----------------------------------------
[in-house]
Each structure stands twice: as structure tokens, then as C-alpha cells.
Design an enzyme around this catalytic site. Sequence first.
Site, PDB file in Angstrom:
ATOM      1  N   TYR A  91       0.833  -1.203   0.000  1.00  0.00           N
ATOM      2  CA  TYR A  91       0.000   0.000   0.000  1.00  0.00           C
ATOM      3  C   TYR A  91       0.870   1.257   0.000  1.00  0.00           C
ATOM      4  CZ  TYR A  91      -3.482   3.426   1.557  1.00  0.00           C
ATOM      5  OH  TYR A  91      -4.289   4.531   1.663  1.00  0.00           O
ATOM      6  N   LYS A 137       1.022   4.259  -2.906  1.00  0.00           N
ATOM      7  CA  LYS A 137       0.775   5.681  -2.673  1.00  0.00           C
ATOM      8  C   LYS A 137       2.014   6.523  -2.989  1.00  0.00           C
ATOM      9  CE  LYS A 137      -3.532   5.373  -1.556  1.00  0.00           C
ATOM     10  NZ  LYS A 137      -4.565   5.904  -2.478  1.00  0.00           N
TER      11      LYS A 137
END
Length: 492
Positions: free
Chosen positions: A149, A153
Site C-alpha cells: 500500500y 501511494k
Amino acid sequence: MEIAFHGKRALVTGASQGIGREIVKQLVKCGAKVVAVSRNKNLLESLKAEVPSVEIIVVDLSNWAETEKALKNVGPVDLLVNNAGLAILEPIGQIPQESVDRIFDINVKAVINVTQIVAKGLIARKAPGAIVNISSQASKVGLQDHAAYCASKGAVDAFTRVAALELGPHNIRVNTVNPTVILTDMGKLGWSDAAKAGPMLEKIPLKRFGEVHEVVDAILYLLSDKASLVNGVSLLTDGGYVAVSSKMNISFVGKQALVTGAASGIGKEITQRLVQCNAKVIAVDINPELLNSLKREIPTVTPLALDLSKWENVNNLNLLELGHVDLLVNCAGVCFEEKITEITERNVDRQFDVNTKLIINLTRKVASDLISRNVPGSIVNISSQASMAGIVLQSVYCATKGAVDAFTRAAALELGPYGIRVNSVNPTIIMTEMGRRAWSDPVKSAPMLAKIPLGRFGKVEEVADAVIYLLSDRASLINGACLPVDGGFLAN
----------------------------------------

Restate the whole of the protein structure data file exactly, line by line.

[in-house]
Each structure stands twice: as structure tokens, then as C-alpha cells.
Design an enzyme around this catalytic site. Sequence first.
Site, PDB file in Angstrom:
ATOM      1  N   TYR A  91       0.833  -1.203   0.000  1.00  0.00           N
ATOM      2  CA  TYR A  91       0.000   0.000   0.000  1.00  0.00           C
ATOM      3  C   TYR A  91       0.870   1.257   0.000  1.00  0.00           C
ATOM      4  CZ  TYR A  91      -3.482   3.426   1.557  1.00  0.00           C
ATOM      5  OH  TYR A  91      -4.289   4.531   1.663  1.00  0.00           O
ATOM      6  N   LYS A 137       1.022   4.259  -2.906  1.00  0.00           N
ATOM      7  CA  LYS A 137       0.775   5.681  -2.673  1.00  0.00           C
ATOM      8  C   LYS A 137       2.014   6.523  -2.989  1.00  0.00           C
ATOM      9  CE  LYS A 137      -3.532   5.373  -1.556  1.00  0.00           C
ATOM     10  NZ  LYS A 137      -4.565   5.904  -2.478  1.00  0.00           N
TER      11      LYS A 137
END
Length: 492
Positions: free
Chosen positions: A149, A153
Site C-alpha cells: 500500500y 501511494k
Amino acid sequence: MEIAFHGKRALVTGASQGIGREIVKQLVKCGAKVVAVSRNKNLLESLKAEVPSVEIIVVDLSNWAETEKALKNVGPVDLLVNNAGLAILEPIGQIPQESVDRIFDINVKAVINVTQIVAKGLIARKAPGAIVNISSQASKVGLQDHAAYCASKGAVDAFTRVAALELGPHNIRVNTVNPTVILTDMGKLGWSDAAKAGPMLEKIPLKRFGEVHEVVDAILYLLSDKASLVNGVSLLTDGGYVAVSSKMNISFVGKQALVTGAASGIGKEITQRLVQCNAKVIAVDINPELLNSLKREIPTVTPLALDLSKWENVNNLNLLELGHVDLLVNCAGVCFEEKITEITERNVDRQFDVNTKLIINLTRKVASDLISRNVPGSIVNISSQASMAGIVLQSVYCATKGAVDAFTRAAALELGPYGIRVNSVNPTIIMTEMGRRAWSDPVKSAPMLAKIPLGRFGKVEEVADAVIYLLSDRASLINGACLPVDGGFLAN